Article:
• Exhibit 19: Asset Profitability, Consumer(1965-2008)) (1965-2008) Exhibit 1.4: Asset Profitability, Consumer Products Products 9% 8% 7% 6.2% 6% ROA % 6.4% 5% 4% 4.2% 3% 2% 1.0% 1% 0% 1965 1968 1971 1974 1977 1980 1983 1986 1989 1992 1995 1998 2001 2004 2007 Consumer Products Economy Source: Compustat, Deloitte analysis Source: Compustat, Deloitte Analysis Exhibit 20: Asset Profitability Top Quartile and Bottom Quartile, Consumer products (1965-2009) Exhibit 77: Asset Profitability Top Quartile and Bottom Quartile, Consumer products (1965-2009) 25% 20% 15% 10% 11.3% 11.9% 5% Asset Profitability 0% Top Quartile 0% 1.6% Asset Profitability -5% -10% -15% -12.4% -20% -25% 1965 1969 1973 1977 1981 1985 1989 1993 1997 2001 2005 2009 Bottom Quartile Linear (Bottom Quartile)164
    • Cha Exhibit 21:Firm Topple, Consumer Products (1966-2009) Exhibit 1.10: Firm Topple, Consumer Products (1966-2009) num 0.80 the 0.70 0.60 two 0.49 0.50 0.48 diffTopple Rate 0.38 0.40 0.30 0.38 0.20 0.10 0.00 1966 1969 1972 1975 1978 1981 1984 1987 1990 1993 1996 1999 2002 2005 2008 Consumer Products Economy Source: Compustat, Deloitte analysis Source: Compustat, Deloitte Analysis Cha Exhibit 22: Returns to Talent, Consumer Products (2003-2009) Exhibit 3.8: Returns to Talent, Consumer Products (2003-2009) num $70,000 the two $60,000 $57818 $46650 diffeCompensation Gap ($) $50,000 $49960 $40,000 $45803 $30,000 $20,000 $10,000 $0 2003 2004 2005 2006 2007 2008 2009 Consumer Products Economy Source: U.S. Census Bureau, Richard Floridas The Rise of the Creative Class, Deloitte analysis Source: US "The Rise of the Creative Class", Deloitte Analysis 2010 Shift Index Measuring the forces of long-term change 165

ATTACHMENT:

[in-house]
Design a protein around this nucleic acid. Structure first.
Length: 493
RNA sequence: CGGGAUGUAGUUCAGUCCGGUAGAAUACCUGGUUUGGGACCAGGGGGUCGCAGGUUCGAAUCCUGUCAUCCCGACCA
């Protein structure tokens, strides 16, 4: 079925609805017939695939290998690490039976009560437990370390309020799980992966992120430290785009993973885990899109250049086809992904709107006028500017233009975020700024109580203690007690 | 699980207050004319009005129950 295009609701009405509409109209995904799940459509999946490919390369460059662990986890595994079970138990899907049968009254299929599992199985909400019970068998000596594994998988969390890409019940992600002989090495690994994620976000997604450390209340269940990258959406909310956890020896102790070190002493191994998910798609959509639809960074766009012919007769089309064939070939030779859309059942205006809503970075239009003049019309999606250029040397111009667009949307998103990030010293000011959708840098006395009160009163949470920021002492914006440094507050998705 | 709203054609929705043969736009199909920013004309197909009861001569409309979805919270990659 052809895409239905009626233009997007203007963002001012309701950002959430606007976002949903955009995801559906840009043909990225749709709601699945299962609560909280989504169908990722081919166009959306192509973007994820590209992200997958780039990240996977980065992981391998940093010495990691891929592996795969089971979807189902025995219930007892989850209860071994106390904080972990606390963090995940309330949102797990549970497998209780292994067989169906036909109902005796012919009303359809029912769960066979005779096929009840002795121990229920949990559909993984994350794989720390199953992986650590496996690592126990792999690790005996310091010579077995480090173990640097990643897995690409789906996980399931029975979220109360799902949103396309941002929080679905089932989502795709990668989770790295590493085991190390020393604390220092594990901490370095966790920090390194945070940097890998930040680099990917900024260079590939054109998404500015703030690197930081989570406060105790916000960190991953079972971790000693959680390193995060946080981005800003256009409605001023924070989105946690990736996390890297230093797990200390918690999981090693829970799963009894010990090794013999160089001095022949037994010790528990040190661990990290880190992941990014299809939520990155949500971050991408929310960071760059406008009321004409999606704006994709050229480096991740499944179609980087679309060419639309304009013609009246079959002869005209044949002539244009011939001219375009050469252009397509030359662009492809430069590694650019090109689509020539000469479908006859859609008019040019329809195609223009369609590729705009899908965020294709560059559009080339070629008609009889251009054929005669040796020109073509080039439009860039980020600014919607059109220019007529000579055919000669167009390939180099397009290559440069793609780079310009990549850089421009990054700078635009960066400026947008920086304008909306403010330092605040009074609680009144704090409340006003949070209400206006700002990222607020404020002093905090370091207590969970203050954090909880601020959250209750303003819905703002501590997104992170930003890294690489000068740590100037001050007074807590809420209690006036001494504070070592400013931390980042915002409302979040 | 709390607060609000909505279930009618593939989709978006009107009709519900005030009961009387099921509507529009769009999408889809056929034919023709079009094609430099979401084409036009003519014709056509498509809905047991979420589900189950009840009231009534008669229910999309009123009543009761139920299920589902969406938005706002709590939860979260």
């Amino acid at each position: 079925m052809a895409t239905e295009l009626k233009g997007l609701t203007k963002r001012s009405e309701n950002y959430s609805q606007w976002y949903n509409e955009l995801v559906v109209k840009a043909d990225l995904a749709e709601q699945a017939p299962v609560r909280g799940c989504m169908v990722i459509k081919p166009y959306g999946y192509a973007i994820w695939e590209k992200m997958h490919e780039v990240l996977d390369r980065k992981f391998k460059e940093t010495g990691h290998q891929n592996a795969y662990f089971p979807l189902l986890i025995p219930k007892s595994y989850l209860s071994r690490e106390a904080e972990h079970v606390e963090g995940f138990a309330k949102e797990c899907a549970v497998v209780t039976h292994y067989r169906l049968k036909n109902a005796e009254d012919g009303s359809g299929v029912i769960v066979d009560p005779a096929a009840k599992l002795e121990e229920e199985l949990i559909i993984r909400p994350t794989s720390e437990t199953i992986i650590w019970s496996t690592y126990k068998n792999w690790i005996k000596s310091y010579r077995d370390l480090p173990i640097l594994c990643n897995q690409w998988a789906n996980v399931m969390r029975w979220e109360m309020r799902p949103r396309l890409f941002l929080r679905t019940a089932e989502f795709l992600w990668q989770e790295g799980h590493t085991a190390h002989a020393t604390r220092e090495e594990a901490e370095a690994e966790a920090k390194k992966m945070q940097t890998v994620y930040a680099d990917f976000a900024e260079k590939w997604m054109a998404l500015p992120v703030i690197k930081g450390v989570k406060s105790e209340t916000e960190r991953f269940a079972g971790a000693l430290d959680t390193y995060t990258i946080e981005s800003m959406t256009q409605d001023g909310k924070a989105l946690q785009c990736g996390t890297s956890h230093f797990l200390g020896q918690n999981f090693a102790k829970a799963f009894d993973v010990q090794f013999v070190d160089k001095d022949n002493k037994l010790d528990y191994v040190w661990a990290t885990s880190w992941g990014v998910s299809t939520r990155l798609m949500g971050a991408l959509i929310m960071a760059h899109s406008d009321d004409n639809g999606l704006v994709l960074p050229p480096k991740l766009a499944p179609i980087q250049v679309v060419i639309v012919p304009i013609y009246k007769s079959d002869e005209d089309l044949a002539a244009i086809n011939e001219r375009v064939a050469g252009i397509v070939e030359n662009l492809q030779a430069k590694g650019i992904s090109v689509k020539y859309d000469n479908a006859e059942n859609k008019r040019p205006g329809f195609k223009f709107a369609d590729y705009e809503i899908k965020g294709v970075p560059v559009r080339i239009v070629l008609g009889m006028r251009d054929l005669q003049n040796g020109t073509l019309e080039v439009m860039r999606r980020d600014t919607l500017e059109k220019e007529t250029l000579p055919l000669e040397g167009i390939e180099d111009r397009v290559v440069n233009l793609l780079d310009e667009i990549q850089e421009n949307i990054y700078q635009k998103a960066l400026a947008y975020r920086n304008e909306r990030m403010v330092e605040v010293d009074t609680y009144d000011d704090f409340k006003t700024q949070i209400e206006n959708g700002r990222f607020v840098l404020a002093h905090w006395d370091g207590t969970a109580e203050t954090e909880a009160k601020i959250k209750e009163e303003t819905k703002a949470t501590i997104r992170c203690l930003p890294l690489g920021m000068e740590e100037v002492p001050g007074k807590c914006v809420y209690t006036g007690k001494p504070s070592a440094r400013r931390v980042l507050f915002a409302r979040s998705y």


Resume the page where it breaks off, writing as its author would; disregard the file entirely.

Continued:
• Exhibit XXX: Percentage participation in Inter-FirmInter-Firmflows, Consumer Products (2010) Exhibit 23: Percentage participation in knowledge knowledge flows, Consumer Products (2010) 48% 50% 38% 38% 45% 45% 40% 37% 43% 33% 35% 35% 30% 32% 26% 30% 20% 23% 10% 10% 10% 0% Google Alerts Community Lunch Meetings Web-Casts Professional Telephone Social Media Conferences Organizations Organizations Consumer Products Economy Source: Synovate, Deloitte analysis Source: Synovate, Deloitte Analysis Ple eco Exhibit 24: Worker Passion, Consumer Products Exhibit 1.17: Worker Passion, Consumer Products (2009) (2009) ma 40% kee con 31% 31% 30% 27% 25% 22% 23% 21% 20% 20% 10% 0% Disengaged Passive Engaged Passionate 2009 2010 Economy Source: Synovate, Deloitte analysis Source: Synovate, Deloitte Analysis166